Transforming Lactococcus lactis into a microbial cell factory

Kia Vest Petersen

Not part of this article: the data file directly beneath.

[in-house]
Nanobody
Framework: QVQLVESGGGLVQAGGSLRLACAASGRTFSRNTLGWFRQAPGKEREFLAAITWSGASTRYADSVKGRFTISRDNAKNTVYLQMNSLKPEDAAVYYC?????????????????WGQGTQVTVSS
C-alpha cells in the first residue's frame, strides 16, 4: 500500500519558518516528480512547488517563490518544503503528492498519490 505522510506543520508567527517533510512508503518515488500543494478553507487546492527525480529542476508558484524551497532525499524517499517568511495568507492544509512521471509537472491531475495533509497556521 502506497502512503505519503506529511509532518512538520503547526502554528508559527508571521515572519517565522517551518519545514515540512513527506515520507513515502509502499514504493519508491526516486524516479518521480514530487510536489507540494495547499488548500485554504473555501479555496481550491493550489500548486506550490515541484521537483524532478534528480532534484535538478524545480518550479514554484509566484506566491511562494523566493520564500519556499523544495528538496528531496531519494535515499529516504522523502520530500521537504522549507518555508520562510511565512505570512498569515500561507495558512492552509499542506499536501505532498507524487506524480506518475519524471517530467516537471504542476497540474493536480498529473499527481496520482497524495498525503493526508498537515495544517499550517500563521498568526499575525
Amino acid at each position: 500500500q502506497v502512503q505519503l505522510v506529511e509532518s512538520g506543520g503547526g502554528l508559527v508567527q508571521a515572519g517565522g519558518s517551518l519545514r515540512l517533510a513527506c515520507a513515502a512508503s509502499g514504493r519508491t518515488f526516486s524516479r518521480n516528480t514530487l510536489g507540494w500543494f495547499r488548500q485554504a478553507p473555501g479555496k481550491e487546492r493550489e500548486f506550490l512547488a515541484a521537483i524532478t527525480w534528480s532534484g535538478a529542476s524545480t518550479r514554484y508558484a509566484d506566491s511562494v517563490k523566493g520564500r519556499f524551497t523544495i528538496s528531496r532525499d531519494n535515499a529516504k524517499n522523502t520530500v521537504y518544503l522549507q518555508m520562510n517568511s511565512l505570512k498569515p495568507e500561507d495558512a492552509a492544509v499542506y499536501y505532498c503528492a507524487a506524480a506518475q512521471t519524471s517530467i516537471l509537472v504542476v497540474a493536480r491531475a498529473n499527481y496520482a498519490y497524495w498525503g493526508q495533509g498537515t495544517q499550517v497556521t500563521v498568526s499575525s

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    Abstract